Allison Hanes: Public transportation in Quebec is at a crossroads

It is not a question of bad management: it is a political option to invest in public transport to control congestion, improve mobility and fight climate change.

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Quebec Transport Minister Geneviève Guilbault has made good on her threat to conduct performance audits of the province’s main public transport agencies, including the Société de transport de Montréal.

The company Raymond Chabot Grant Thornton was chosen to investigate 10 organizations in charge of operating buses, trains and subways in the province in search of ways to optimize financing and services. The term began on Monday.

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The audits were Guilbault’s very smart response last fall to a public pressure campaign by the mayors of Montreal, Quebec, Laval and Longueuil, as well as transportation operators, to secure desperately needed funds to cover major budget shortfalls. . After saying that taxpayers in Quebec regions are tired of subscribing to services in Greater Montreal that they do not use, Guilbault only agreed to absorb 70 per cent of the worsening structural deficits facing agencies in 2024, while dominating the spectrum. of audits hanging over their heads.

His suggestion was that there is waste to be removed, fat to be trimmed, and outside experts are the ones who will be able to find it.

But as assessments continue, it’s unclear what auditors will discover that we don’t already know about the dismal state of public transportation funding in Quebec. The structural problems affecting this critical public service have been ongoing for a long time.

STM is already in the process of cutting $86 million in recurring costs, or about five percent of its operating budget, eliminating 230 jobs (most of them already vacant) and postponing major plans, such as maintaining Azur , of 10 years. subway cars and work on applications that communicate bus schedules in real time. By squeezing blood from a stone, the STM has managed not to cut services. This time.

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However, almost 85 percent of the STM budget is related to operations (perhaps more now), including 70 percent for the salaries of drivers, mechanics and ticket collectors, 90 percent of which is governed by collective agreements.

in a open letter published last week, STM president Éric Alan Caldwell and CEO Marie-Claude Léonard warned that the agency is at a crossroads.

“Do we want to continue reducing expenses regardless of the consequences? Do we want the service to stagnate?” they asked, recalling cuts in the 1990s that caused a downward spiral in ridership that took 15 years to reverse. “Or do we want to make the necessary efforts to improve services and at the same time attack the issue of insufficient income head-on? For us, the choice is simple: it is time to identify stable sources of financing that meet society’s ambitions for the future of sustainable transport.”

In a pre-budget report to Quebec Finance Minister Eric Girard, an association representing the province’s nine largest transit agencies, including Montreal’s, warned that after tense negotiations last fall that led to As a result, $265 million to absorb last-minute deficits is projected for next year’s hole. to be even greater. The Association du transport urbain du Québec is calling for support of $622 million by 2025 to cover projected shortfalls, as well as an agreement to provide “recurring and predictable financing” over the next five years.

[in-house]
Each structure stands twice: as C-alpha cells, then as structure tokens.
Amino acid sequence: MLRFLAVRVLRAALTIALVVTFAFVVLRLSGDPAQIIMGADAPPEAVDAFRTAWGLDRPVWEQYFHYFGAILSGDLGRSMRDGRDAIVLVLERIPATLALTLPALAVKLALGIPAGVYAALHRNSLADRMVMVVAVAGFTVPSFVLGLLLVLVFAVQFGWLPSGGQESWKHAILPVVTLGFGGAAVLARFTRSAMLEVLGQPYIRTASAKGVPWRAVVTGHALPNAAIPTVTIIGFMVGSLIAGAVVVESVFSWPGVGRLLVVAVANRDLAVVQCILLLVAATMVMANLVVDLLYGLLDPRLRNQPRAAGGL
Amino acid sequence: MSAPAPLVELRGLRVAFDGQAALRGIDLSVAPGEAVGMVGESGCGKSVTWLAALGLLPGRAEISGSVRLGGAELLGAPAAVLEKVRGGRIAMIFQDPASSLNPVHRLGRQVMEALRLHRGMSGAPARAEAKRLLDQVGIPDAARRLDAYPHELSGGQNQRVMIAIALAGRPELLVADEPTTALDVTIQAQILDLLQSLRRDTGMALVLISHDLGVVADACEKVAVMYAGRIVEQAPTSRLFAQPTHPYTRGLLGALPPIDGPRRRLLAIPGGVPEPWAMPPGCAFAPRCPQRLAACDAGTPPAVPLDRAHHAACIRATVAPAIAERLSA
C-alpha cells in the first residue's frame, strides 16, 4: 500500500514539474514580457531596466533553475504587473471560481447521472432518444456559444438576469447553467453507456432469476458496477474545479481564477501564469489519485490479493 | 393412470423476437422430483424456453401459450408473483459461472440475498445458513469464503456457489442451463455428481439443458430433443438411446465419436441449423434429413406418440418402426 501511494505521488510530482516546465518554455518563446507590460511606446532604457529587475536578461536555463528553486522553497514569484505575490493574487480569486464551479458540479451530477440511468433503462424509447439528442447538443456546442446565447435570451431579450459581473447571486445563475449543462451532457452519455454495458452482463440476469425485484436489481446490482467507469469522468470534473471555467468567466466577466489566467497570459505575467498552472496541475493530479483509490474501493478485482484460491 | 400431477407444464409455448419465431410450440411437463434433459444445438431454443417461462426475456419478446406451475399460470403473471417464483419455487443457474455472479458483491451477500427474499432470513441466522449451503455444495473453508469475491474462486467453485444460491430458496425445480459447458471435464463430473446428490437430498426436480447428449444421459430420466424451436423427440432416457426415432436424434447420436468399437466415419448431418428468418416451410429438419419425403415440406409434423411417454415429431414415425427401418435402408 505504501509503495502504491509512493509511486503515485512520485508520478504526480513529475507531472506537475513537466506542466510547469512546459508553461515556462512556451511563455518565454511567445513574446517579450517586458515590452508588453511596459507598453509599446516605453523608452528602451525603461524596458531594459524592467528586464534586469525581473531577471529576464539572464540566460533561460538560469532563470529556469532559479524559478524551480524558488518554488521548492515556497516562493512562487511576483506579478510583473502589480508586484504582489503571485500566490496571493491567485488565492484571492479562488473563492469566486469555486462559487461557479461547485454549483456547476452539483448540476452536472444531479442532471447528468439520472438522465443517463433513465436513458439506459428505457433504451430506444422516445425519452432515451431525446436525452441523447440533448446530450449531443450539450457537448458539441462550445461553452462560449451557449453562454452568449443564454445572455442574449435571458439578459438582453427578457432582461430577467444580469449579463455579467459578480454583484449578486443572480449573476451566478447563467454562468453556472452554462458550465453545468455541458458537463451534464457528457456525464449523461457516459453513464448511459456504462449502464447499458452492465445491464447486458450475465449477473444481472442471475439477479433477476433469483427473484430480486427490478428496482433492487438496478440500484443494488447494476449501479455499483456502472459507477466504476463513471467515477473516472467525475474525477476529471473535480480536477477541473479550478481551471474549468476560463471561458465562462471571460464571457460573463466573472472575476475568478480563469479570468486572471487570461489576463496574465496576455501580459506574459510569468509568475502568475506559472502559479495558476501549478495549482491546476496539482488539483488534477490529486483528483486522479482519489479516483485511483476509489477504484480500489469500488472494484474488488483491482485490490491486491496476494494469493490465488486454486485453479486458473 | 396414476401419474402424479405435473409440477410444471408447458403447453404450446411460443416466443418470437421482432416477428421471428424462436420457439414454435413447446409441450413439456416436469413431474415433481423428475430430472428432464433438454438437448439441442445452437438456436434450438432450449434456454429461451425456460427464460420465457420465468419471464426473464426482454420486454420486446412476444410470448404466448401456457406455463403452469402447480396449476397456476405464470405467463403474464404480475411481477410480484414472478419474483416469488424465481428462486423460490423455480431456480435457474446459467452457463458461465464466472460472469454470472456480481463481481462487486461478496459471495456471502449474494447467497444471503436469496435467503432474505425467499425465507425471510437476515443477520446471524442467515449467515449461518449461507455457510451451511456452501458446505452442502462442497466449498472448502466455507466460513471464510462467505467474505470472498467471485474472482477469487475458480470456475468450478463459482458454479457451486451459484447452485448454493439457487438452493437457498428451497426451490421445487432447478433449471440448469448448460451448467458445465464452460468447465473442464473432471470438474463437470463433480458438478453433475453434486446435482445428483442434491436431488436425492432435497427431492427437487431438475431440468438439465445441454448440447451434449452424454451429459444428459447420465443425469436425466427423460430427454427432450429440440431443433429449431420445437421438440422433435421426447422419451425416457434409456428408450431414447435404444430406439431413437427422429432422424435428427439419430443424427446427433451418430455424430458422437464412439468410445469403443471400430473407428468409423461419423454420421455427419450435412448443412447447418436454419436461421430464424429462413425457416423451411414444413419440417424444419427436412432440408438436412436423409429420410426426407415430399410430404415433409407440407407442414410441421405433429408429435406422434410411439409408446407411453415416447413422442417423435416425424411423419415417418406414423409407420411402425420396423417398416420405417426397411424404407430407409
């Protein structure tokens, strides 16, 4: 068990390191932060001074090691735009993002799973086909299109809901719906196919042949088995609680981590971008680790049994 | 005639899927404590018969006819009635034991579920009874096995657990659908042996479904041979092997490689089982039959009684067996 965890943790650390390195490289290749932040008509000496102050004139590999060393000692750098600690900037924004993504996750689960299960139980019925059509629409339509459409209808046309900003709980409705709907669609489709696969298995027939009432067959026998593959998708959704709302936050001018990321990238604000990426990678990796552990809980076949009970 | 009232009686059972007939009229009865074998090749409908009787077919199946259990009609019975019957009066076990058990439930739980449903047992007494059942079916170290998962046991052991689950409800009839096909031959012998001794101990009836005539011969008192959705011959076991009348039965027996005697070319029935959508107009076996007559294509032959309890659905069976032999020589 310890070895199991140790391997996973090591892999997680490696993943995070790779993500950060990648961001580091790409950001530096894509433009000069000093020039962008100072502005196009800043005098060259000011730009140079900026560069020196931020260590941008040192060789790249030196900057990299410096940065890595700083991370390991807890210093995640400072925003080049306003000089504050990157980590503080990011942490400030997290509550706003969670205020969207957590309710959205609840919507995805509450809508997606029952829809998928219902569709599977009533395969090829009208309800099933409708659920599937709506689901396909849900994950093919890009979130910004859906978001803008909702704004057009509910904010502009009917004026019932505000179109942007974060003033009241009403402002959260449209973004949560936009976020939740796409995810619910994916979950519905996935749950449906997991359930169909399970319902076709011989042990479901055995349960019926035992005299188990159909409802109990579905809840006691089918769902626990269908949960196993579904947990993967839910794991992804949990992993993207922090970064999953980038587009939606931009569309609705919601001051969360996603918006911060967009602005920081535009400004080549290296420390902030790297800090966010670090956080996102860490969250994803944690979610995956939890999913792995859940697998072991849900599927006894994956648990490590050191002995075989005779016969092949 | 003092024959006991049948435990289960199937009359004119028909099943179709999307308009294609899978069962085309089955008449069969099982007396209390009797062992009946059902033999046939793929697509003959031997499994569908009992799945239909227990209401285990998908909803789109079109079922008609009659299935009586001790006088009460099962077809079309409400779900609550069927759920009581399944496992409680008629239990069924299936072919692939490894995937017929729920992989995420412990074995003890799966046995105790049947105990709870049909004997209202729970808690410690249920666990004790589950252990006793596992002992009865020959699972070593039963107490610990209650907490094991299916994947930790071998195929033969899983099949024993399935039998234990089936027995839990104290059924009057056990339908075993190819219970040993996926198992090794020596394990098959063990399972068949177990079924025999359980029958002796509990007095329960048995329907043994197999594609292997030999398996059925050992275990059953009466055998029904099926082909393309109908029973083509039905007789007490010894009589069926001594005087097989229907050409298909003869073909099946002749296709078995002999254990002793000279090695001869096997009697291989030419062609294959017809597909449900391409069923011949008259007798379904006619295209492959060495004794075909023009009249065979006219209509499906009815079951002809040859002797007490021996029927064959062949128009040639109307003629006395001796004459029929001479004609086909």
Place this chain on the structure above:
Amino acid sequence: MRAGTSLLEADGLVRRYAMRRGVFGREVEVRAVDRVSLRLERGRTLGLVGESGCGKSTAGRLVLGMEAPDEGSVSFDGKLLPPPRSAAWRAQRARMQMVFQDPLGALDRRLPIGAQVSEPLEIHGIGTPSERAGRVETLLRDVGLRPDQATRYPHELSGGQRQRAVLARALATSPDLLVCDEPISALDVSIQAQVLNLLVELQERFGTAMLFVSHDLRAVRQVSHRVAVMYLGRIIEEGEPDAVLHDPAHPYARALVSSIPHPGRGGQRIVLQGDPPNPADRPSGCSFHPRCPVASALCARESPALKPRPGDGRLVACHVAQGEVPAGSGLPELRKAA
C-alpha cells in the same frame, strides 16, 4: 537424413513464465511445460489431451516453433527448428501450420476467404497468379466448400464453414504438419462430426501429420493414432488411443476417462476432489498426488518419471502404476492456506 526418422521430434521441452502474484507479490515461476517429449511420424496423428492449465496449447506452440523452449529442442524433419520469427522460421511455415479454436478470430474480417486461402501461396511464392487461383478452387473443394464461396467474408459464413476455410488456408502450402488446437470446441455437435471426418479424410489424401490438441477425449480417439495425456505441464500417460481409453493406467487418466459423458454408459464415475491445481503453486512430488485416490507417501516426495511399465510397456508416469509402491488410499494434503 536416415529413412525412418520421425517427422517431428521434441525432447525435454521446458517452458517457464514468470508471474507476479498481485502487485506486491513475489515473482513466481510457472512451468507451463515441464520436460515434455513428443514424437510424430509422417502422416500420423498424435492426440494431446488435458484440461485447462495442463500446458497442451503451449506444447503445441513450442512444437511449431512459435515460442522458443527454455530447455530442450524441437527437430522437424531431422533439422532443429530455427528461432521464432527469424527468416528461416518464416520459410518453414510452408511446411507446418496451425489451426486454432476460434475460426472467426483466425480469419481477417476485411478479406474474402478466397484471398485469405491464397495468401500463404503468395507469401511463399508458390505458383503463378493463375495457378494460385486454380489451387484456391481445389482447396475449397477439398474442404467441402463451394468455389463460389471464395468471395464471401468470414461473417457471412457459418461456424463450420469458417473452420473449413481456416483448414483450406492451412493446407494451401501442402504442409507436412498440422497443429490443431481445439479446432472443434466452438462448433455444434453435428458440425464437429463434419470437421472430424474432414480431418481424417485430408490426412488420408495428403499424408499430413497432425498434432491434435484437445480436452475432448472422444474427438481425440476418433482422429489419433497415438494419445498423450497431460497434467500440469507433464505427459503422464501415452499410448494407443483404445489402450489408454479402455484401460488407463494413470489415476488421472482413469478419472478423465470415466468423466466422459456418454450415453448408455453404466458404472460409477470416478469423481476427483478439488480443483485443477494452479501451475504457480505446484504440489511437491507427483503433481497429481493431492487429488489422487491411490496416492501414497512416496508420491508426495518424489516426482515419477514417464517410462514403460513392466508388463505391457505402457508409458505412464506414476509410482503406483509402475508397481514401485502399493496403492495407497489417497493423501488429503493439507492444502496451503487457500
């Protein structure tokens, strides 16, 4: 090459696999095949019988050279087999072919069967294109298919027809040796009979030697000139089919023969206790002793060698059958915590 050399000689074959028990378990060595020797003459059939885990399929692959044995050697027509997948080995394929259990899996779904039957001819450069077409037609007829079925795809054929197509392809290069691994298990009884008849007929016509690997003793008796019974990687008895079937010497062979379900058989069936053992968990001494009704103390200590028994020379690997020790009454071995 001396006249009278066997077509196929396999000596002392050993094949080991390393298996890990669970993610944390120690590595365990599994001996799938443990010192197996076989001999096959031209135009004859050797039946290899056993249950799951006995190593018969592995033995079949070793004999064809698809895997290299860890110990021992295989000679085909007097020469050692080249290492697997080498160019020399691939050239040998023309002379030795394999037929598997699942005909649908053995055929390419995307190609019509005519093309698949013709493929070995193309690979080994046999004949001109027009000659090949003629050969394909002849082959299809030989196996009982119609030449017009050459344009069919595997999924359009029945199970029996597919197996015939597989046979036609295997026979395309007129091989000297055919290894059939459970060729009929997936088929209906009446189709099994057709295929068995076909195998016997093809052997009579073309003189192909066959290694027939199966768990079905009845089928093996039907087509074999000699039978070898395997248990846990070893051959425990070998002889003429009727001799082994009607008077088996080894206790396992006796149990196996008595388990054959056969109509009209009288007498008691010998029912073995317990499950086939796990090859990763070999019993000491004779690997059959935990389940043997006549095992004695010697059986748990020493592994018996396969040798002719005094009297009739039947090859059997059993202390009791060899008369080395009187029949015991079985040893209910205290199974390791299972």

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Of this sum, some $500 million would go toward covering the shortfall of the Autorité régionale de transport métropolitain, which coordinates transit projects and financing in Greater Montreal. The ARTM also needed $500 million in 2023. And CEO Benoît Gendron told La Presse the deficit could skyrocket to $700 million by 2029.

If the pandemic had never happened, ARTM estimates it would have raised about $1.2 billion in revenue by next year, he explained. But because ridership has only recovered to about 77 percent of pre-COVID levels due to a variety of factors, including remote or hybrid work arrangements, those sums have been compressed to about $890 million. Ticket sales accounted for about 30 percent of revenue in 2019; now it is only 21 percent.

However, the same levels of service must be maintained, because commuters still need and use public transportation, even if they only take it once or twice a week instead of five days. If cuts compromise supply, they will only drive passengers back to their cars, further hurting ridership and revenue, and precipitating an endless and counterproductive death spiral.

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So it is not a question of mismanagement: it is a political choice to invest in public transport to control congestion, improve mobility, boost productivity and fight climate change. After all, most of Quebec’s emissions come from transportation.

It is also a political option to expand public transport, something that the CAQ government, admittedly, seems willing to do, even if it has so far failed to get any project past the study stage during its six years in power. Guilbault plans to create a new agency to manage the construction of new transportation infrastructure, whether it be trams in Quebec City or in the east end of Montreal, but that won’t change the fact that the government is not funding the transportation networks enough. public transportation that we already have.

So let the auditors kick the tires and bring a new set of eyes to the well-known enigma. Only political will and stable funding that recognizes the importance of public transportation to our collective goals will end the deficits.

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